Jimenez-Buedo, Maria and Miller, Luis M. (2009) Experiments in the Social Sciences: The relationship between External and Internal Validity. In:  SPSP 2009: Society for Philosophy of Science in Practice (Minnesota, June 18-20, 2009).
This is the latest version of this item.
The article identifies a latent debate in the recent literature on the role and worth of experiments in economics and other social sciences concerning the relationship between the external and the internal validity of experimental designs. Our work identifies two incompatible views regarding the relationship between internal and external validity of experiments. While in the methodological literature references to the idea that there is a trade-off between the internal and external validity of experiments abound, this view coexists with the position stating that internal validity is rather a prerequisite of external validity. By identifying the contours of this implicit debate in the recent methodological literature around the use of experiments in the social sciences we call attention upon a series of insufficiently conceptualized issues regarding the central notions of internal and external validity and we question the standard view positing a trade-off between the two. This article stands against common associations of internal validity and external validity with the distinction between field and laboratory experiments and assesses critically the arguments that link the artificiality of experimental settings done in the laboratory with the purported trade-off between internal and external validity.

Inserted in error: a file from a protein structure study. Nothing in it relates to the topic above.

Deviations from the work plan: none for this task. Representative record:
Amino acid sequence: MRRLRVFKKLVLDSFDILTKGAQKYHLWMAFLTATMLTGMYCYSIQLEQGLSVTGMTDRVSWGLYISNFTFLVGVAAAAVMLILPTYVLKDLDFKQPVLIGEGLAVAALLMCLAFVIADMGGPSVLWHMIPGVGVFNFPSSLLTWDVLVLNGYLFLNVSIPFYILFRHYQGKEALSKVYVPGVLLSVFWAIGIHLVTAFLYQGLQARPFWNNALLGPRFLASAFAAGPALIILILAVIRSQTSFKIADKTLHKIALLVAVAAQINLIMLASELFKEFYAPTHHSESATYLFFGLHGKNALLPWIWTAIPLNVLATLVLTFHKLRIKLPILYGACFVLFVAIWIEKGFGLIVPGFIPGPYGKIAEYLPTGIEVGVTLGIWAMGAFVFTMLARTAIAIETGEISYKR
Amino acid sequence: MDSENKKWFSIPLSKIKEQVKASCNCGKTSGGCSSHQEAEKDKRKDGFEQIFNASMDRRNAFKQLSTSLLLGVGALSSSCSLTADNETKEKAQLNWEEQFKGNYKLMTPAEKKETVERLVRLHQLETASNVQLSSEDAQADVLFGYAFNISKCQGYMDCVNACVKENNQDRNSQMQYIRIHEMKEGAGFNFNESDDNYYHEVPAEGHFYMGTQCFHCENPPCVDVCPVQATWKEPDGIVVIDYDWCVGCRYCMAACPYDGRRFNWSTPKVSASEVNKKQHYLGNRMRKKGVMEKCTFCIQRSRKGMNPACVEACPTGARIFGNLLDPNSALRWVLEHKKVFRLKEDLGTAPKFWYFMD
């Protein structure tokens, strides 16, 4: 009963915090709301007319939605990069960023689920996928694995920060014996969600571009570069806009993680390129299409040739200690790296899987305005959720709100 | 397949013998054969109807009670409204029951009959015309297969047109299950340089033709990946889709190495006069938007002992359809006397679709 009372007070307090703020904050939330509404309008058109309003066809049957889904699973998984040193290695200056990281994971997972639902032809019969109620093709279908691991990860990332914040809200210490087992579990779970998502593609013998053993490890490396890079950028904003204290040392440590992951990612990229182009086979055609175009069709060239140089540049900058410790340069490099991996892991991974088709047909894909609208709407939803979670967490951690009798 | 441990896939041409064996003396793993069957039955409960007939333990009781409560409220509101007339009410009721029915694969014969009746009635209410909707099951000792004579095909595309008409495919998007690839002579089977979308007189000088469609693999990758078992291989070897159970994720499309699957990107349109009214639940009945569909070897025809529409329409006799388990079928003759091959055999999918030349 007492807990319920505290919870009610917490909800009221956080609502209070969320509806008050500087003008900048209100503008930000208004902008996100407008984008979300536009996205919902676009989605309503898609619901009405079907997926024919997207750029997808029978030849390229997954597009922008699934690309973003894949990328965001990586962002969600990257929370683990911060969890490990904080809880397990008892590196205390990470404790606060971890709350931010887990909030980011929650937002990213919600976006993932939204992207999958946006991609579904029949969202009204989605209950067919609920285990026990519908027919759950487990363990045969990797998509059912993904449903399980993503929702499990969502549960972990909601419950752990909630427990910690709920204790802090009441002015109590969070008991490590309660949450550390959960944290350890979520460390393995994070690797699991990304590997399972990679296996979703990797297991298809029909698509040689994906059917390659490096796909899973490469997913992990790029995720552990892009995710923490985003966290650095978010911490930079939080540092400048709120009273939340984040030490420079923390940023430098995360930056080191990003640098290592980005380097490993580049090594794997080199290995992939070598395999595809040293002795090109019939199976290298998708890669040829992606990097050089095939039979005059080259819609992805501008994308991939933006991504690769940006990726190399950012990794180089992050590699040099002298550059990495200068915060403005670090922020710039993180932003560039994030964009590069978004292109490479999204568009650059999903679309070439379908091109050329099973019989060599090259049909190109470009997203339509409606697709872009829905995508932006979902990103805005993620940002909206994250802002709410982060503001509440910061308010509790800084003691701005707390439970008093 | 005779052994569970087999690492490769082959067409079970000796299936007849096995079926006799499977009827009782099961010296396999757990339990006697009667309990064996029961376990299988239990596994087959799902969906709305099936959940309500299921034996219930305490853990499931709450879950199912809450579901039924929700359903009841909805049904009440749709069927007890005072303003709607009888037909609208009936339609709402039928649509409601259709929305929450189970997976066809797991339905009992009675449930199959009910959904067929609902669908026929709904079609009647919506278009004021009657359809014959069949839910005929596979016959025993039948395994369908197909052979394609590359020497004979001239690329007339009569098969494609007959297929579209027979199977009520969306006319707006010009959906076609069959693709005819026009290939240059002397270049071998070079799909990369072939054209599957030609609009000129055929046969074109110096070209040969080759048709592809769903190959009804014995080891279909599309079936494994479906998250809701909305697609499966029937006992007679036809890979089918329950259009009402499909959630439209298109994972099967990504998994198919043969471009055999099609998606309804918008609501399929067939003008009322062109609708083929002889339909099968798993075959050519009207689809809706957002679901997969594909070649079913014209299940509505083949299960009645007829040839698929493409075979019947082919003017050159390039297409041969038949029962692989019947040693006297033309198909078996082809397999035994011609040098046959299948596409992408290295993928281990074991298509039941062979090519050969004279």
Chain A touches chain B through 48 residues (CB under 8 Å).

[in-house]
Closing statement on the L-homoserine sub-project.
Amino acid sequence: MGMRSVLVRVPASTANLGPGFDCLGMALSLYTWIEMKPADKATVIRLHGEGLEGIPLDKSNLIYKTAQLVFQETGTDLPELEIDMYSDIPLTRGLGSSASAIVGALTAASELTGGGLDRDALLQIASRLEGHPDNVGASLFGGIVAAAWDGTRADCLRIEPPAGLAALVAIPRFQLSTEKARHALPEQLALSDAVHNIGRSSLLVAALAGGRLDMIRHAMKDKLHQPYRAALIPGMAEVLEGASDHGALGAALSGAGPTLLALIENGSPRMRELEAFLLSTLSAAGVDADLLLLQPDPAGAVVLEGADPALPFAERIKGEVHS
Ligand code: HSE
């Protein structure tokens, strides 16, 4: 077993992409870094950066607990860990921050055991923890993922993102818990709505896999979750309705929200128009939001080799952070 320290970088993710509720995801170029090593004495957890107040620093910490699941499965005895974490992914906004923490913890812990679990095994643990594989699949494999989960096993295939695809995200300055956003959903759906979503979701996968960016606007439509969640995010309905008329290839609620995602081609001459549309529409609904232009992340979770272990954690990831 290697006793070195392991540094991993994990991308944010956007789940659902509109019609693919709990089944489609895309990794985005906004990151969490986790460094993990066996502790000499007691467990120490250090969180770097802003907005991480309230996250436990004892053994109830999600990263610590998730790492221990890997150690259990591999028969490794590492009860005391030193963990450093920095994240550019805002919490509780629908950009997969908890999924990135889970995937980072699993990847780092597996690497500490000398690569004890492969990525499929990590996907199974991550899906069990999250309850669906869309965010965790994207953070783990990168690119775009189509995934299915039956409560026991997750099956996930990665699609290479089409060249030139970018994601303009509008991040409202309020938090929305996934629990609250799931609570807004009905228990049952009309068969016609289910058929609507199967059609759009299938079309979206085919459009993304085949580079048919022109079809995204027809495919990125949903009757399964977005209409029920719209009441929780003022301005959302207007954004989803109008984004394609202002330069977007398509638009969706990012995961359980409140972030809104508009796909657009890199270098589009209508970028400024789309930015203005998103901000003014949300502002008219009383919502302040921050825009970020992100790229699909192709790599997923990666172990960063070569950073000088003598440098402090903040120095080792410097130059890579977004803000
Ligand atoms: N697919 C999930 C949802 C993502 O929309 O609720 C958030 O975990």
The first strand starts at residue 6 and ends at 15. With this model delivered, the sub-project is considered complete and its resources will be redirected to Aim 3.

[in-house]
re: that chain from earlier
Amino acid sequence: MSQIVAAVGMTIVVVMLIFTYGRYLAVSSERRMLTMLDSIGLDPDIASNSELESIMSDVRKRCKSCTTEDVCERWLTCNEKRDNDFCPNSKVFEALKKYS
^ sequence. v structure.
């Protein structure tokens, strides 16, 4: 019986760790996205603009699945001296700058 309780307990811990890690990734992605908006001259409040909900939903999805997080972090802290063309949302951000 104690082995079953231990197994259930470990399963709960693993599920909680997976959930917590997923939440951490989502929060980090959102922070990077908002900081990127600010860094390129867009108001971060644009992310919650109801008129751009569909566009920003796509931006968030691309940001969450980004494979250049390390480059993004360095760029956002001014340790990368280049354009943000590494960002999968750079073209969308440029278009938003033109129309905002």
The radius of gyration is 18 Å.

|Social Networking:|| |
Available Versions of this Item
Actions (login required)